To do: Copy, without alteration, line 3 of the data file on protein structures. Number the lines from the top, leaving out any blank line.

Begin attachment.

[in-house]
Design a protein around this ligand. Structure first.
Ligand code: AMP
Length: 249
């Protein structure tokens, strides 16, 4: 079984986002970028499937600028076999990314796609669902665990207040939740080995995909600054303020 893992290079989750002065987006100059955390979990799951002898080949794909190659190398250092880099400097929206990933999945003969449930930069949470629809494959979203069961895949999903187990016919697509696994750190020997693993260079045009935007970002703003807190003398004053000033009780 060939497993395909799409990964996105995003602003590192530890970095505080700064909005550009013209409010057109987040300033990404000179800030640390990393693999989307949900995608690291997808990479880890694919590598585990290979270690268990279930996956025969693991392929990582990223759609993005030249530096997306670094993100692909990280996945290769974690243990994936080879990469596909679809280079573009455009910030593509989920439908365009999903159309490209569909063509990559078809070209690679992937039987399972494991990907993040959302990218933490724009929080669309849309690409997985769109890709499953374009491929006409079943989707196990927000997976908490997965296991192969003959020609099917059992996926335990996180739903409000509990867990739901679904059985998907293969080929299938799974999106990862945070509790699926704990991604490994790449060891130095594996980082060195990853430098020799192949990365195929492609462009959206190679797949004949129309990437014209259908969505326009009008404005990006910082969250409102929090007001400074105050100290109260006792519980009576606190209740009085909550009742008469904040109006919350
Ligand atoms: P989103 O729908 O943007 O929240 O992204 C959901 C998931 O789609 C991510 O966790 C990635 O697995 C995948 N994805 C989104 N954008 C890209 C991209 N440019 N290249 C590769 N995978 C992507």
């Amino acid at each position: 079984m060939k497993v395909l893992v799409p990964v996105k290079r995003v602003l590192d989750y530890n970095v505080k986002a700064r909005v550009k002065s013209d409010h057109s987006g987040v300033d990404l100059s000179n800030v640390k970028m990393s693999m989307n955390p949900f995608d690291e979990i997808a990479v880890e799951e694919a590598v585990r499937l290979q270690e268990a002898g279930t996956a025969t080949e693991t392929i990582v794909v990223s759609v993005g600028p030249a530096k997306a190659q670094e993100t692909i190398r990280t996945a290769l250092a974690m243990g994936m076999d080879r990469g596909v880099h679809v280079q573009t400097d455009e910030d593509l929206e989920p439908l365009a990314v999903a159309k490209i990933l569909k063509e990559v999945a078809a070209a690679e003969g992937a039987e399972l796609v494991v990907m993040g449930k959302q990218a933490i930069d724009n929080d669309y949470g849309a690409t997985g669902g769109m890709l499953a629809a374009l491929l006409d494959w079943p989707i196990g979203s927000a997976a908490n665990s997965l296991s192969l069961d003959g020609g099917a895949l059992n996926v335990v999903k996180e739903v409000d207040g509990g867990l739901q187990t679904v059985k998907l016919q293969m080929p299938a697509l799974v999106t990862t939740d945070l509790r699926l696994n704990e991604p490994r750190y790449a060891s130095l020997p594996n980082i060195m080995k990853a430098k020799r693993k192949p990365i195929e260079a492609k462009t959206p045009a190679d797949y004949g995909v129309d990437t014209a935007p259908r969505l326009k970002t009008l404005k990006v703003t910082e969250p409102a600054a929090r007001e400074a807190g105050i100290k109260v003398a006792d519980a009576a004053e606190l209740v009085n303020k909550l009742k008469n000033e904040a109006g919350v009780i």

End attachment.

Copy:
Ligand code: AMP